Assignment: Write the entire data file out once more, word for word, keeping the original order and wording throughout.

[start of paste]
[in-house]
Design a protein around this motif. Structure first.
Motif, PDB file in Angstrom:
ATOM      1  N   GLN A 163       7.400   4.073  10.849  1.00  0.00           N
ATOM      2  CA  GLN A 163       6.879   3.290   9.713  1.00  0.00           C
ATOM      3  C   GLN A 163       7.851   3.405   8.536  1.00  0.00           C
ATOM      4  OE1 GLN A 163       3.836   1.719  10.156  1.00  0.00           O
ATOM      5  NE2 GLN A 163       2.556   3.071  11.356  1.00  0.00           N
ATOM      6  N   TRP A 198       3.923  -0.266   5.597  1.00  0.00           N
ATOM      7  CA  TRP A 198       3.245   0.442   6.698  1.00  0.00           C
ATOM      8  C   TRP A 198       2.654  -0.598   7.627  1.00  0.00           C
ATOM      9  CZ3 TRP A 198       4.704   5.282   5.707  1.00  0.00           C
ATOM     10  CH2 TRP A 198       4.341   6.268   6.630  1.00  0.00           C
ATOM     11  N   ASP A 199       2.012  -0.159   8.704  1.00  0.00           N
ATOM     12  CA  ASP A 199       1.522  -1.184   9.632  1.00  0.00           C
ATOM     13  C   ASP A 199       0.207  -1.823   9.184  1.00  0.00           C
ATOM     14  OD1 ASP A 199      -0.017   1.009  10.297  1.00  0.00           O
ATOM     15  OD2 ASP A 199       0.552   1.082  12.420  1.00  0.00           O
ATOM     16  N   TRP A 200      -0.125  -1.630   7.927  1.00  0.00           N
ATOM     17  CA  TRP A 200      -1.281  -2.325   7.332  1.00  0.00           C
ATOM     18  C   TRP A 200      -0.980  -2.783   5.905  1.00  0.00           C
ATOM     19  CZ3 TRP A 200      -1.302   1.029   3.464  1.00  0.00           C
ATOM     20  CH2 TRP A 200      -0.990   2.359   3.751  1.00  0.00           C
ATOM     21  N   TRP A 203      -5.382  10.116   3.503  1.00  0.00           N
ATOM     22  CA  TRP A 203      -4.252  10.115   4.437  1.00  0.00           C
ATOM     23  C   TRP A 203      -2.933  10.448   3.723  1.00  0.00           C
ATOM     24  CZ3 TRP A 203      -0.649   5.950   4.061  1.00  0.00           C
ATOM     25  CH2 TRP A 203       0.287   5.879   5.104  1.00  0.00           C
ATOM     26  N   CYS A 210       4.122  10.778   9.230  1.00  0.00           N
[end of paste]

[in-house]
Design a protein around this motif. Structure first.
Motif, PDB file in Angstrom:
ATOM      1  N   GLN A 163       7.400   4.073  10.849  1.00  0.00           N
ATOM      2  CA  GLN A 163       6.879   3.290   9.713  1.00  0.00           C
ATOM      3  C   GLN A 163       7.851   3.405   8.536  1.00  0.00           C
ATOM      4  OE1 GLN A 163       3.836   1.719  10.156  1.00  0.00           O
ATOM      5  NE2 GLN A 163       2.556   3.071  11.356  1.00  0.00           N
ATOM      6  N   TRP A 198       3.923  -0.266   5.597  1.00  0.00           N
ATOM      7  CA  TRP A 198       3.245   0.442   6.698  1.00  0.00           C
ATOM      8  C   TRP A 198       2.654  -0.598   7.627  1.00  0.00           C
ATOM      9  CZ3 TRP A 198       4.704   5.282   5.707  1.00  0.00           C
ATOM     10  CH2 TRP A 198       4.341   6.268   6.630  1.00  0.00           C
ATOM     11  N   ASP A 199       2.012  -0.159   8.704  1.00  0.00           N
ATOM     12  CA  ASP A 199       1.522  -1.184   9.632  1.00  0.00           C
ATOM     13  C   ASP A 199       0.207  -1.823   9.184  1.00  0.00           C
ATOM     14  OD1 ASP A 199      -0.017   1.009  10.297  1.00  0.00           O
ATOM     15  OD2 ASP A 199       0.552   1.082  12.420  1.00  0.00           O
ATOM     16  N   TRP A 200      -0.125  -1.630   7.927  1.00  0.00           N
ATOM     17  CA  TRP A 200      -1.281  -2.325   7.332  1.00  0.00           C
ATOM     18  C   TRP A 200      -0.980  -2.783   5.905  1.00  0.00           C
ATOM     19  CZ3 TRP A 200      -1.302   1.029   3.464  1.00  0.00           C
ATOM     20  CH2 TRP A 200      -0.990   2.359   3.751  1.00  0.00           C
ATOM     21  N   TRP A 203      -5.382  10.116   3.503  1.00  0.00           N
ATOM     22  CA  TRP A 203      -4.252  10.115   4.437  1.00  0.00           C
ATOM     23  C   TRP A 203      -2.933  10.448   3.723  1.00  0.00           C
ATOM     24  CZ3 TRP A 203      -0.649   5.950   4.061  1.00  0.00           C
ATOM     25  CH2 TRP A 203       0.287   5.879   5.104  1.00  0.00           C
ATOM     26  N   CYS A 210       4.122  10.778   9.230  1.00  0.00           N